The COVID-19 pandemic has shaken people and institutions worldwide – healthcare is no exception. New challenges associated with healthcare delivery are being discovered and old ones are now even more visible. As we look forward to a post-pandemic world, a new kind of healthcare provider emerges. Armed with the understanding that patient care goes beyond the clinic, the new guard finds ways to advocate in the governments, businesses, and streets of the world.
Workshops & Simulations: Session 1
Workshops & Simulations: Session 2
Workshops & Simulations: Session 3
Research Awards and Closing Remarks
Dr. Christine Ngaruiya is a researcher, emergency physician and an Assistant Professor in the Department of Emergency Medicine (DEM) at Yale University.
Ngaruiya was born in Nebraska; her parents studied in the Midwest before returning to Kenya because they wanted their children to be familiar with the country and its culture. Ngaruiya attended elementary, middle, and high schools in Kenya and entered the University of Nebraska as a freshman in 2002, at the age of 15. She went on to medical school at the University of Nebraska Medical Center.
Her journey to medicine began in her home country of Kenya, where she lost family members and loved ones to preventable diseases and afflictions. These cases have informed her passions in medicine. Ngaruiya advocates in both her medical practice and her writing for increased access to health care for marginalized populations and for more action on non-communicable diseases, which have eclipsed infectious disease as the leading cause of death around the world.
Follow her twitter: @c_ngaruiya
Researcher, Emergency Medicine Physician
Assistant Professor in the Department of Emergency Medicine (DEM), Yale School of Medicine
ABSTRACT SUBMISSION REQUIREMENTS (Oral and/or Poster Presentations):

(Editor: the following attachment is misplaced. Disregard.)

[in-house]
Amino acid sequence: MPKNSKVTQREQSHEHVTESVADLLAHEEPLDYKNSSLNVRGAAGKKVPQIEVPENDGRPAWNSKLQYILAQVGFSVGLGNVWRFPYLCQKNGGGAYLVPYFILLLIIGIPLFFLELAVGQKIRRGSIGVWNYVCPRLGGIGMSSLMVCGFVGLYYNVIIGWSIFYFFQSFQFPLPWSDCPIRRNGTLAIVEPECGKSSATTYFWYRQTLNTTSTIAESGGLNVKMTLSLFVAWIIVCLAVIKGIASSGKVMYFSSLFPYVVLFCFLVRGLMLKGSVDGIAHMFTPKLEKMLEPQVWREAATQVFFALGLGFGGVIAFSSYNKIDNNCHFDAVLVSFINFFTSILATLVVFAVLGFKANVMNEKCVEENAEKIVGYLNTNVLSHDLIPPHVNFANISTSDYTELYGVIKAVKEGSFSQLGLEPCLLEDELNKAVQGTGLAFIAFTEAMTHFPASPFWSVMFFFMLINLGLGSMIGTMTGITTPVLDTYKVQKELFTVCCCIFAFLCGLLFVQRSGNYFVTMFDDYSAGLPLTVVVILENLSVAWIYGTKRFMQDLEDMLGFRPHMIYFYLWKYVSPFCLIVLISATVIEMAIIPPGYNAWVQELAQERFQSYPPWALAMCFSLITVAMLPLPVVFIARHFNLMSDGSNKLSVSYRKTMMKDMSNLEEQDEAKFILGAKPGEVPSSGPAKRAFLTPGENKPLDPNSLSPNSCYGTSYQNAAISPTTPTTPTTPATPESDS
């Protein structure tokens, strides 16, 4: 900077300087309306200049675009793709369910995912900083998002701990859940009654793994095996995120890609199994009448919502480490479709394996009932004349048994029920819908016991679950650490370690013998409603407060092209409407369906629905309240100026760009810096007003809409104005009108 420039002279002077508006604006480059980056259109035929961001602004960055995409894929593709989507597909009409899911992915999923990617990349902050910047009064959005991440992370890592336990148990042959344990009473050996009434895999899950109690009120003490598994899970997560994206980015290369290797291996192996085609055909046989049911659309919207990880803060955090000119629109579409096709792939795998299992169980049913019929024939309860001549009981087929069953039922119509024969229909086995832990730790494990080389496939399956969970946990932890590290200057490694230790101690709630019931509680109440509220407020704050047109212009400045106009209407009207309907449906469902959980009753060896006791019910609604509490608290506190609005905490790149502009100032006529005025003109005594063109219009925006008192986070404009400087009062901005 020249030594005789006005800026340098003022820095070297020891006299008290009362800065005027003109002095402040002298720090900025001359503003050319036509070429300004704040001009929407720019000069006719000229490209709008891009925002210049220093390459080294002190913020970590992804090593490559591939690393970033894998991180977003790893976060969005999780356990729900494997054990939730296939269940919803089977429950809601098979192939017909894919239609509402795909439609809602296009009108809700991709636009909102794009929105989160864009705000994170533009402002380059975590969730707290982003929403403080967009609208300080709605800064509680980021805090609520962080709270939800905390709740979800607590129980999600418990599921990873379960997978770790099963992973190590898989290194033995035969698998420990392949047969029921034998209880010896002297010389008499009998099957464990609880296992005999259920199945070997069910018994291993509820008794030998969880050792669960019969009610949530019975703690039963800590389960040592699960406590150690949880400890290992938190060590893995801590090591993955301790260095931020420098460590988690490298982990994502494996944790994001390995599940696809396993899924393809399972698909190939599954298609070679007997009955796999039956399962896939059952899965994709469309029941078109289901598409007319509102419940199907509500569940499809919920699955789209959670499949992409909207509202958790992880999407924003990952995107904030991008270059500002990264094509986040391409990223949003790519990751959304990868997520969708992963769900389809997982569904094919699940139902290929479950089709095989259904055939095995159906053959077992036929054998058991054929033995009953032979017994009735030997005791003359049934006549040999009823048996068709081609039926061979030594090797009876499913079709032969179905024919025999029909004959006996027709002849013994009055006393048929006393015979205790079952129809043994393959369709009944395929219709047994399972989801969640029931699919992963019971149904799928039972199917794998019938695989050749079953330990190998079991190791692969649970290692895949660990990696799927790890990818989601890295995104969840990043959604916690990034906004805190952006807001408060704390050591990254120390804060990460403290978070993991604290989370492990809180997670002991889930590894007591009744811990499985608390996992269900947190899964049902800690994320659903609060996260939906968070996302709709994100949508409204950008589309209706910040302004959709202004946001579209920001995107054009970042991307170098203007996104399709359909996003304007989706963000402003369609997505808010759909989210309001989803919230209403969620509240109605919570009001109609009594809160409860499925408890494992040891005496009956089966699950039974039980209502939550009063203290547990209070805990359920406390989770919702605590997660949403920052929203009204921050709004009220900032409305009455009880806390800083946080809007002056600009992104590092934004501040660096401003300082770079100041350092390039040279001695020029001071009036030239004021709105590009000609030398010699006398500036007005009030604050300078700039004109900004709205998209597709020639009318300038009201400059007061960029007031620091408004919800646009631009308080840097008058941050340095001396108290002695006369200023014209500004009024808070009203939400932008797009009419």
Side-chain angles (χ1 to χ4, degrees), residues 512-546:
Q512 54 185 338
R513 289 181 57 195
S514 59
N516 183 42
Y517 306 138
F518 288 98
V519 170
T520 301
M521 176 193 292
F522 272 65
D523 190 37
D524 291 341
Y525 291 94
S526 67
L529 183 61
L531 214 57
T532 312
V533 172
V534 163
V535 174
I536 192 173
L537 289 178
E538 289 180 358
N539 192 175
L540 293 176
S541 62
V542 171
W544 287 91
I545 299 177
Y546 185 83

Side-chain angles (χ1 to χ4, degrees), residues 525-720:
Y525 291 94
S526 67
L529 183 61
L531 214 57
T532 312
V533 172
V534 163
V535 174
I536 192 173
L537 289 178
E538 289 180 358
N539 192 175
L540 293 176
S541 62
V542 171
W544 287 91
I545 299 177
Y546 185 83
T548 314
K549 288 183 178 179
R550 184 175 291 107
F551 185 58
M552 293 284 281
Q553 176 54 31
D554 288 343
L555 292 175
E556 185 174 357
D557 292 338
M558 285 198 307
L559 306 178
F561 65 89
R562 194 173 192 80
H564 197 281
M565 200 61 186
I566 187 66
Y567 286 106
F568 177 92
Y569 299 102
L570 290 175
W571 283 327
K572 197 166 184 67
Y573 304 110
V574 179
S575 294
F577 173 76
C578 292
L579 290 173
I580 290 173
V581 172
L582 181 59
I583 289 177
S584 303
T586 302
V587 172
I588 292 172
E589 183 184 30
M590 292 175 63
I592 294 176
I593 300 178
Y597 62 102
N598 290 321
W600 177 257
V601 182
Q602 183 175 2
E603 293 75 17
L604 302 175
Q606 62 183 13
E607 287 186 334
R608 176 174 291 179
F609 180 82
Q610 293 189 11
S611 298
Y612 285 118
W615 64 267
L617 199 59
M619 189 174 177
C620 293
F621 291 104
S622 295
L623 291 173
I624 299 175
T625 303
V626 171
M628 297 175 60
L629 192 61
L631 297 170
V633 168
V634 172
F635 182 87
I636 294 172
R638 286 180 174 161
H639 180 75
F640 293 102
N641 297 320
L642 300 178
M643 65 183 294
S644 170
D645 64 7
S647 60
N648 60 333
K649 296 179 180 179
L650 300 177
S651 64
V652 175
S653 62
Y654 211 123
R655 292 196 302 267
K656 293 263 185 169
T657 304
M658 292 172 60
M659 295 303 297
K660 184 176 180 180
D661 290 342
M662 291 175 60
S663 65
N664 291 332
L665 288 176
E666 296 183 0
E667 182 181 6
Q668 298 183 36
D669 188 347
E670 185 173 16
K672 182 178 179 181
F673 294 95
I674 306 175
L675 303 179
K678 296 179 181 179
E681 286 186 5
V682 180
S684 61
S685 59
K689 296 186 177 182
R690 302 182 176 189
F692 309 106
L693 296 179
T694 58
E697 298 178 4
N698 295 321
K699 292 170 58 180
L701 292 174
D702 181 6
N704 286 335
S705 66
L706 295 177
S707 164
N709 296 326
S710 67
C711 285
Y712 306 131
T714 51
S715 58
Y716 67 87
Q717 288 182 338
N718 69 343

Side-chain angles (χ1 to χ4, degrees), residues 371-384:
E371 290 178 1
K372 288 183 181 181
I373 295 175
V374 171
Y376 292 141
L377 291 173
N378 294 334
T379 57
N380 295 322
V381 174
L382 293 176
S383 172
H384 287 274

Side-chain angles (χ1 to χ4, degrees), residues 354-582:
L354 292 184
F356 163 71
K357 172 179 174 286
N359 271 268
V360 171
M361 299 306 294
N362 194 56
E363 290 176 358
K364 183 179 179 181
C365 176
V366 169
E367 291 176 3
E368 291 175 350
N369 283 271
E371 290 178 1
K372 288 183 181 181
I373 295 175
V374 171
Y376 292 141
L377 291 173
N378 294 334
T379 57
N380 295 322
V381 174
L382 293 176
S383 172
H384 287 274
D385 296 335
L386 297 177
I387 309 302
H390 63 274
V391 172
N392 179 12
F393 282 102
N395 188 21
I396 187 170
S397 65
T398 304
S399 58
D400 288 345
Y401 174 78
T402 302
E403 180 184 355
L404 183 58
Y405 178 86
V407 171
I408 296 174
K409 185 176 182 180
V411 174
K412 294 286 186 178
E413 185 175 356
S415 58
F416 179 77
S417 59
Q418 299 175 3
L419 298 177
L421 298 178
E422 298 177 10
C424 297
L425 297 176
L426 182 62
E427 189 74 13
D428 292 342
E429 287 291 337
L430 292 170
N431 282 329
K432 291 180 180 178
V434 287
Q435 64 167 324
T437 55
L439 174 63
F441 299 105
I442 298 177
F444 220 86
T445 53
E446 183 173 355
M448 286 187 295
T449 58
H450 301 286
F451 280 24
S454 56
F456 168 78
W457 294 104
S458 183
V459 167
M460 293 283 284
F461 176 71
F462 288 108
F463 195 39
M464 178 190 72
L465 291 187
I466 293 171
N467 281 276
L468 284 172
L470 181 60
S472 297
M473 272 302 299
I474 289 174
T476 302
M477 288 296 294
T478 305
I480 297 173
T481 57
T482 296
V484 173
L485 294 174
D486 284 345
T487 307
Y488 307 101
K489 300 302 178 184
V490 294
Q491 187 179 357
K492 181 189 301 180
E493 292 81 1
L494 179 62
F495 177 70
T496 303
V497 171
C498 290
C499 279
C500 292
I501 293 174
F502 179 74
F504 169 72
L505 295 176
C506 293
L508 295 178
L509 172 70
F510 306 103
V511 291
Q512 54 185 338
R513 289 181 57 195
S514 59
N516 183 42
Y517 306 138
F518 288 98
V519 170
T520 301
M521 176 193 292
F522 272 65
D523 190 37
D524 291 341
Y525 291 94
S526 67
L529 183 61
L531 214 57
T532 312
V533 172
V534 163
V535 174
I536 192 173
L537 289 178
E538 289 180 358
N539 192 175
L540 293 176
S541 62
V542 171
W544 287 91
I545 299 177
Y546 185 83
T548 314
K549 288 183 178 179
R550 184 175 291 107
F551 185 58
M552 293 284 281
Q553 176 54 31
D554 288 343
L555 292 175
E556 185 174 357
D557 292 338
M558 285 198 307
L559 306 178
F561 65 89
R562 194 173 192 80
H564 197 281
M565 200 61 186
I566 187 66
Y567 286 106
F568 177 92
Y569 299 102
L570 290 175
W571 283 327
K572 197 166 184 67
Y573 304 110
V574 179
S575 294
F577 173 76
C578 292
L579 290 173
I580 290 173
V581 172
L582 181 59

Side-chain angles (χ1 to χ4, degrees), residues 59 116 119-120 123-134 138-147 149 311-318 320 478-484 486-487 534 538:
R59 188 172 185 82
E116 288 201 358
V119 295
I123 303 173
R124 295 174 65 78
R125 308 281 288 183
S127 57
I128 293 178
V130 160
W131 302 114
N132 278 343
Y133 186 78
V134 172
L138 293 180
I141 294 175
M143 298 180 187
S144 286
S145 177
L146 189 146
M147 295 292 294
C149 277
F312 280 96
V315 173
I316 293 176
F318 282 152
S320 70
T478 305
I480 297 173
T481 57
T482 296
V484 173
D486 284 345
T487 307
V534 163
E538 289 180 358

1. Deadline: November 21st, 2021
2. Intro, Objectives, Methods, Results (300 word maximum)
IF CHOSEN TO PRESENT: Acceptances of both oral and poster presentations will be notified by email on a continuous basis leading up until the deadline of November 21st. Presenters will have the option to present in-person or virtually, although in-person presentations are highly encouraged. If the conference is changed from a hybrid to completely virtual format, presentations will be virtual only.
MedPACt (Medical Students Providing Across Continents) is an organization dedicated to providing education and mentoring for students to become actively engaged within communities of need both locally and abroad, and to promote awareness and participation in improving the health-related needs of people throughout the world.
I think they’re bringing really, really good speakers, really relevant speakers to not only the medical students, but other fields – marketing, financial, technology, engineering – and I really appreciate that. I like that it’s interdisciplinary – because global health, at its core, is interdisciplinary. And I like the enthusiasm.
I think this is a really good conference because it puts different professionals and different backgrounds [together]. Because – I’m a pre-med student. But the people around me – there’s nurses, medical students – there’s a lot of different backgrounds. So, getting different points of view in the discussion when we’re doing the workshop, I think is really good. Because I learned a lot from the different feedback from other people.
Before attending the Global Health Conference, I never understood the intricate needs and wants of healthcare in general. Finding out that so many different local and global health groups are blocked from basic access to even basic healthcare taught me about the need to act – now.
Tackling the issues in global health is fundamentally a multidisciplinary effort, and this conference emulates the teamwork and collaboration that is necessary to make strides in global health. [...] Change starts with small steps, and I can only hope that this conference raises awareness and encourages the attendees to pave the way for a better future in global health.